580 Bush Street
Financial District/Union Square/Chinatown
This little hidden gem, done in 1992, is a collaboation of Ruth Asawa, her son Paul Lanier and artist Nancy Thompson.
Ruth Asawa has been on this website many times before. I recently found this article by Milton Chen and Ruth Cox at Edutopia that gives a few new details about Asawa that I did not know.
“The daughter of truck farmers, Asawa was born in 1926 in Norwalk, in southern California, one of seven children. In 1942, her family was ordered to report to the temporary incarceration center for Japanese Americans at the Santa Anita Race Track. Her father had already been taken away by government agents and would be separated from the family for several years. Asawa lived with her siblings and mother in a horse stall for six months before relocating to an internment camp in Arkansas.
The one silver lining for the teenage Asawa was encountering Disney artists, also interned, who conducted art classes in the grandstands and taught her to draw. Her first artist teacher, Tom Okamoto, encouraged the students not to copy but to create original drawings from life.
Later, in Arkansas, she and other interned students dutifully recited the Pledge of Allegiance every day for their social studies teacher. After the final phrase, “with liberty and justice for all,” they always added in a loud voice, “Except for us!”
After the war, Asawa went to Milwaukee State Teachers College (now the University of Wisconsin at Milwaukee), intent on becoming an art teacher, but no school district in the state would hire her for student teaching to fulfill her credential requirements and allow her to complete her degree. Decades later, when the university approached her to bestow an honorary doctorate, she asked only that it hand her the undergraduate diploma she had been denied.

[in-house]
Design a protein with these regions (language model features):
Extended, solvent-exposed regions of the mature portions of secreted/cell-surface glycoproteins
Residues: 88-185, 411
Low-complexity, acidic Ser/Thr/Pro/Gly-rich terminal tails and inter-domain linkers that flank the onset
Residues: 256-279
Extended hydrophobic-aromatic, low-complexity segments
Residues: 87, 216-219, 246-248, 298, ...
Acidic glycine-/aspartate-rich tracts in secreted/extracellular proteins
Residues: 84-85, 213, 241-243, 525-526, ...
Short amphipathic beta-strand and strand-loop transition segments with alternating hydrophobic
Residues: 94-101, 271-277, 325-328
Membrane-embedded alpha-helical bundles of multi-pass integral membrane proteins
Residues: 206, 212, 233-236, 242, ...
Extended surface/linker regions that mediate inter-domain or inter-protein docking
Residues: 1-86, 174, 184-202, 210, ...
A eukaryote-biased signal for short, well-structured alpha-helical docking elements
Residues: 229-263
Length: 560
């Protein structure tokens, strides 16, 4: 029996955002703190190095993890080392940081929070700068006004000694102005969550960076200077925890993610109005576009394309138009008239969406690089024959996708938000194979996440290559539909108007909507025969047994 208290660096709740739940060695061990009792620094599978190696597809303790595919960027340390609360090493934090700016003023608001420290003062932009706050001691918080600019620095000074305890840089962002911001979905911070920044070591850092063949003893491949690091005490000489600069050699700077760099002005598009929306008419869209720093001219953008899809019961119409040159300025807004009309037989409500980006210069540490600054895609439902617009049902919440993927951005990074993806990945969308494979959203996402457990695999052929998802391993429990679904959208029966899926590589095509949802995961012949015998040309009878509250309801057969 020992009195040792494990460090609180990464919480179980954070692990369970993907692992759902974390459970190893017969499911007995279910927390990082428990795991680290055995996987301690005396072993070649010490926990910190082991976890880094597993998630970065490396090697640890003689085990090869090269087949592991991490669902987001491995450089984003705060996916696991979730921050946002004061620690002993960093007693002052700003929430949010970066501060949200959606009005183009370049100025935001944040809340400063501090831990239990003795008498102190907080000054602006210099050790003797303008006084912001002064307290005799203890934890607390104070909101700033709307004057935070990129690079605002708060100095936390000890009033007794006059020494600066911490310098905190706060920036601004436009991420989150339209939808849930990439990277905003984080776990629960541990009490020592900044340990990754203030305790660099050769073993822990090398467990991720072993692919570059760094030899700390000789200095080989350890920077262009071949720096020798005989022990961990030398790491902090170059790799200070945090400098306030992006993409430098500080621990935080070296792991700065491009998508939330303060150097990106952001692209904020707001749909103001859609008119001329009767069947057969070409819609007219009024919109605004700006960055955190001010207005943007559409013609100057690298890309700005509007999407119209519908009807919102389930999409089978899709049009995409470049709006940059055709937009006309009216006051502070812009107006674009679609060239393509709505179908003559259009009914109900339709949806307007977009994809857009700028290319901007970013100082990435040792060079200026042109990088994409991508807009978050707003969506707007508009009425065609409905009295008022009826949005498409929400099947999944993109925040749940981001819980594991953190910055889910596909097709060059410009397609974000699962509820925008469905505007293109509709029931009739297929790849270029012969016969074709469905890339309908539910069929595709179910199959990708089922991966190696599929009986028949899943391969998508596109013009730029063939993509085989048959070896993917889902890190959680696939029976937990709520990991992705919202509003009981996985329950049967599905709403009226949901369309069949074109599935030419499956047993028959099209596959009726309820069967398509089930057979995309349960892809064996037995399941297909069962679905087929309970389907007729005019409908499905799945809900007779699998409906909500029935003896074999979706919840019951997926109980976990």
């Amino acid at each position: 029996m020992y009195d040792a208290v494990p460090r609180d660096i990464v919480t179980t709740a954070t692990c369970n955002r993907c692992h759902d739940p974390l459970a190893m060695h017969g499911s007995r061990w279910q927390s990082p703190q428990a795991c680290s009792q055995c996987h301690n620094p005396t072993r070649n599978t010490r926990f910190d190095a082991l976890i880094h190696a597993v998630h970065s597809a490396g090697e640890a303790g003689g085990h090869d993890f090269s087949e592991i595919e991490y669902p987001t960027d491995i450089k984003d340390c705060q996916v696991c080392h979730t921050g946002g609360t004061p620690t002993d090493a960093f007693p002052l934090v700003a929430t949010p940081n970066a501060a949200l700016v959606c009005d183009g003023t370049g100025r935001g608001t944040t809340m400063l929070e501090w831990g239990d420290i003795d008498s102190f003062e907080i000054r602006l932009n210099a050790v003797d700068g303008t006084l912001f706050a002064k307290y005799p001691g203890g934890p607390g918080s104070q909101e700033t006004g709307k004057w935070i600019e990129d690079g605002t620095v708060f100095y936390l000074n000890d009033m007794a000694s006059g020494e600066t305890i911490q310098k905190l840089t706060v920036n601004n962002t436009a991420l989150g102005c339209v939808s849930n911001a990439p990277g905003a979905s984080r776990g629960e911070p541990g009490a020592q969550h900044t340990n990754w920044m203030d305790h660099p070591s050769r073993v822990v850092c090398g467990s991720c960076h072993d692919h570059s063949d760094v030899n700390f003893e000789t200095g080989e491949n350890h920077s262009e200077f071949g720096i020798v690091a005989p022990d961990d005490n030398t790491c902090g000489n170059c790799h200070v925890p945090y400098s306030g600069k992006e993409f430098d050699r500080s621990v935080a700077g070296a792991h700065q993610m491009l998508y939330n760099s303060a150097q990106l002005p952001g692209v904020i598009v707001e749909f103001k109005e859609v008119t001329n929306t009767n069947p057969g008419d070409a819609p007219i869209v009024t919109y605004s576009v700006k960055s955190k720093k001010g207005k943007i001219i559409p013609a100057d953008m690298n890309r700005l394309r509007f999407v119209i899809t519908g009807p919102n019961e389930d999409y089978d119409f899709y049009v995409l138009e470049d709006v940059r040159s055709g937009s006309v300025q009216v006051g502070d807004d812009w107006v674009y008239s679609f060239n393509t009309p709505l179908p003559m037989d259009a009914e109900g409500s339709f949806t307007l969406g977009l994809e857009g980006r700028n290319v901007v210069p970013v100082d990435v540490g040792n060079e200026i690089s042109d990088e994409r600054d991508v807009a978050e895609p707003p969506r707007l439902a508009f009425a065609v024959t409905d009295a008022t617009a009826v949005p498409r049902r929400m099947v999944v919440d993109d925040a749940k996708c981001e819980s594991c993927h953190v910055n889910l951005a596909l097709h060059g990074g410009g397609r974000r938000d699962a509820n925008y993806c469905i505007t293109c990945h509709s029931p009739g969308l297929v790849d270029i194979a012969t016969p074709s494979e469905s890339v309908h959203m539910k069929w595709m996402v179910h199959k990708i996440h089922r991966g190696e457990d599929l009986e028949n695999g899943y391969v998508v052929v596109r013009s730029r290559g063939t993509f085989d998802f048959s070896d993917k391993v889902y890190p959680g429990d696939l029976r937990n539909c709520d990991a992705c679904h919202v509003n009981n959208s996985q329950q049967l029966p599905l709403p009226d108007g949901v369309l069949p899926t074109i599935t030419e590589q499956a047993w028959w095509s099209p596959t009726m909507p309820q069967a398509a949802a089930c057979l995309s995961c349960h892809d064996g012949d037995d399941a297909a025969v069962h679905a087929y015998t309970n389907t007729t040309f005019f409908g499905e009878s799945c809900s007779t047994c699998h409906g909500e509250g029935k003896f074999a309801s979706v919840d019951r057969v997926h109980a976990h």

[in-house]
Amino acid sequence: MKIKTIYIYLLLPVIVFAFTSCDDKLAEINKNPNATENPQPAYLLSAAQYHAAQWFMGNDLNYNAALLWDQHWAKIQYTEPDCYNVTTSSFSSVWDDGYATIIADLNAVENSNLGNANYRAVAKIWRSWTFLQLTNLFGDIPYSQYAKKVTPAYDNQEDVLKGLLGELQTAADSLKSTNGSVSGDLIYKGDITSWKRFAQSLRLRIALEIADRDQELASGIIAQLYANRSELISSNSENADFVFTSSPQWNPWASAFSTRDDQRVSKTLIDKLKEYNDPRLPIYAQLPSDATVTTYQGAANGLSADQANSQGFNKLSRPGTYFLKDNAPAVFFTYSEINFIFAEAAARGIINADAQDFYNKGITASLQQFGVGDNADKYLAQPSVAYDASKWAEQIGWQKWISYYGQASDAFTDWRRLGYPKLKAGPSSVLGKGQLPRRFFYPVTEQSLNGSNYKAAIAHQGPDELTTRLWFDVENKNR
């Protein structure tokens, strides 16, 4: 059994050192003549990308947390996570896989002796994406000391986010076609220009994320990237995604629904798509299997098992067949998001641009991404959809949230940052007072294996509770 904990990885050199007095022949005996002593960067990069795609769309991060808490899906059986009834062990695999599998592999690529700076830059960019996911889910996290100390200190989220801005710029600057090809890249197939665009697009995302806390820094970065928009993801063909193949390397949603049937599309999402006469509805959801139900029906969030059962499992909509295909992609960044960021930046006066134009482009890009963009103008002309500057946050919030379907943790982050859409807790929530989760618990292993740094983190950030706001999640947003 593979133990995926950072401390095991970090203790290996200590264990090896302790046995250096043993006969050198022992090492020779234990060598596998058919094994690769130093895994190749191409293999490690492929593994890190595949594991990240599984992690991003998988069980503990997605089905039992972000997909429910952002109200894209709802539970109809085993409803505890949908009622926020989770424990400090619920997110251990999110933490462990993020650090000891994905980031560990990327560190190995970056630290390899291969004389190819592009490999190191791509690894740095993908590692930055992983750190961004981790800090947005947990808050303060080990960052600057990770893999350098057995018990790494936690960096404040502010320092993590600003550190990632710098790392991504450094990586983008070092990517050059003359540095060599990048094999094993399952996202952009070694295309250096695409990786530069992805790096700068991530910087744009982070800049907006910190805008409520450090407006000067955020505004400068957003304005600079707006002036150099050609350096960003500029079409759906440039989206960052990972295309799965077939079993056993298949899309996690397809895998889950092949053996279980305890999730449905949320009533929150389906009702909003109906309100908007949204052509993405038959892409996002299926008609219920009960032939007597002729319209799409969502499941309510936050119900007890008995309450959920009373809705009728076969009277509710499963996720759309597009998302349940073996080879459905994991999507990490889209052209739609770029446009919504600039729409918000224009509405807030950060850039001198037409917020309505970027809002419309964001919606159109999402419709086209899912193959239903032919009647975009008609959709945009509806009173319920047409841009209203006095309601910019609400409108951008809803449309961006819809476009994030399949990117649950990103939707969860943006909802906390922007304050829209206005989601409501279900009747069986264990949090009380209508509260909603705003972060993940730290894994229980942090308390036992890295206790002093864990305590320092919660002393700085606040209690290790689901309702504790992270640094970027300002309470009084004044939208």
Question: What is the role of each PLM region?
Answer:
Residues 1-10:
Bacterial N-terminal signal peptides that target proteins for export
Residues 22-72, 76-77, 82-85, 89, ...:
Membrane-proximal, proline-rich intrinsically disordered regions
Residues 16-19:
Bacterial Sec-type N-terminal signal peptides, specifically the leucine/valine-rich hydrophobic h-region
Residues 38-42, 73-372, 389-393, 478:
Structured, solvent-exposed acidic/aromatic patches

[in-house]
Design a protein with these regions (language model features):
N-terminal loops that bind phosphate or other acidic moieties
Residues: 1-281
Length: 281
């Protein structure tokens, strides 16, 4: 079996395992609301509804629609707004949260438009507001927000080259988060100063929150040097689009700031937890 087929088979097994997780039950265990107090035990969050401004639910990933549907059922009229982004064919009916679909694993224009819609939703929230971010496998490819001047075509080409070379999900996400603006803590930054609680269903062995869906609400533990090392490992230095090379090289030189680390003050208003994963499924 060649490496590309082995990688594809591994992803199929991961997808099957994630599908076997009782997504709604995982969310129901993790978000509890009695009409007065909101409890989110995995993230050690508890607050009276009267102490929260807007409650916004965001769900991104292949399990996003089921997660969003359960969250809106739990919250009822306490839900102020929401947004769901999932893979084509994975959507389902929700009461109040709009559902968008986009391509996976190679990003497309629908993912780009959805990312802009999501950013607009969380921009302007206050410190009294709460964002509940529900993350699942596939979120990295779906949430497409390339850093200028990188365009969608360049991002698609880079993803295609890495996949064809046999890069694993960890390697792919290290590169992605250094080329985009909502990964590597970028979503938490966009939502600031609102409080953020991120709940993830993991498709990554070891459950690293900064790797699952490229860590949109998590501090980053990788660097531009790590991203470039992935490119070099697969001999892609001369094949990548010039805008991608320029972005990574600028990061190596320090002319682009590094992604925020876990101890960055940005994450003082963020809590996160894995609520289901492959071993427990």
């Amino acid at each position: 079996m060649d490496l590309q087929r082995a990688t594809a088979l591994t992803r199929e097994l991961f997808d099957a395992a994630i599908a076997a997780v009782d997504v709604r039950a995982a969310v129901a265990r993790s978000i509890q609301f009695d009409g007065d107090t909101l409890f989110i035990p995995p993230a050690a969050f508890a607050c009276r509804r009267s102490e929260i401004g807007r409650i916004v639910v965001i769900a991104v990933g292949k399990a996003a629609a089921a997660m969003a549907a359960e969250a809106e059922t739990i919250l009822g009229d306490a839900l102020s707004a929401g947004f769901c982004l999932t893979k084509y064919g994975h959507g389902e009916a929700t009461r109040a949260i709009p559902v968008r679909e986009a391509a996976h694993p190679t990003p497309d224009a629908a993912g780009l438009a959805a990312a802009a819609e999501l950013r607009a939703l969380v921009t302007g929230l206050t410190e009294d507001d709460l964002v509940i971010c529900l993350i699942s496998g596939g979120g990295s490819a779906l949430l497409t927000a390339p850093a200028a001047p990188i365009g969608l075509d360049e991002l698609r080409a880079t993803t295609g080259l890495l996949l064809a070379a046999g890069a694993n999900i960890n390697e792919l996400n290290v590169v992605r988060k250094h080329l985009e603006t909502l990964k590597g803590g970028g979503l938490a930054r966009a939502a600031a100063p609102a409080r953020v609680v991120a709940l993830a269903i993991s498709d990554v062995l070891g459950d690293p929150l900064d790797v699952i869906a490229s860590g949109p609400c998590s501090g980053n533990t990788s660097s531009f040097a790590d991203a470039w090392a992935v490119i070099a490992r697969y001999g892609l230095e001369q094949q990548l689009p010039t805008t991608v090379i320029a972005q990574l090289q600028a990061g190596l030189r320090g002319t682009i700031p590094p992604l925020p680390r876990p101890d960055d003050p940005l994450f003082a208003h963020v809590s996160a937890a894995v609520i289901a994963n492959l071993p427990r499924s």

Asawa went on to study at North Carolina’s legendary Black Mountain College under artist Josef Albers and designer Buckminster Fuller and alongside composer John Cage, choreographer Merce Cunningham, and artists Robert Rauschenberg and Jasper Johns. It was the formative art experience of her life. She also began experimenting with crocheted wire sculpture and met her future husband, architect Albert Lanier.
After moving to San Francisco in 1949, the two began a family, fulfilling her professed goal of having six children. However, when her kids entered the local public school, Asawa was dismayed to learn that “art” consisted of coloring in mimeographed pages. “I remember what it feels like to be a victim — to be victimized,” she says. “And I couldn’t bear to see the lack of true arts education.”
In 1968, Asawa cofounded the Alvarado Arts Program, which began at San Francisco’s Alvarado Elementary School and now brings together professional artists, parents, and teachers in many of the city’s schools to work with students in clay sculpture, visual arts, music dance, and theater.
The program began by recycling milk and egg cartons and scrap fabric for materials, and it also emphasizes gardening to provide children with a hands-on connection to nature. Asawa has worked tirelessly to convince policy makers to elevate the level of arts teaching in the nation’s schools, serving on the San Francisco Art Commission, the California Arts Council, National Endowment for the Arts committees, and President Carter’s Commission on Mental Health.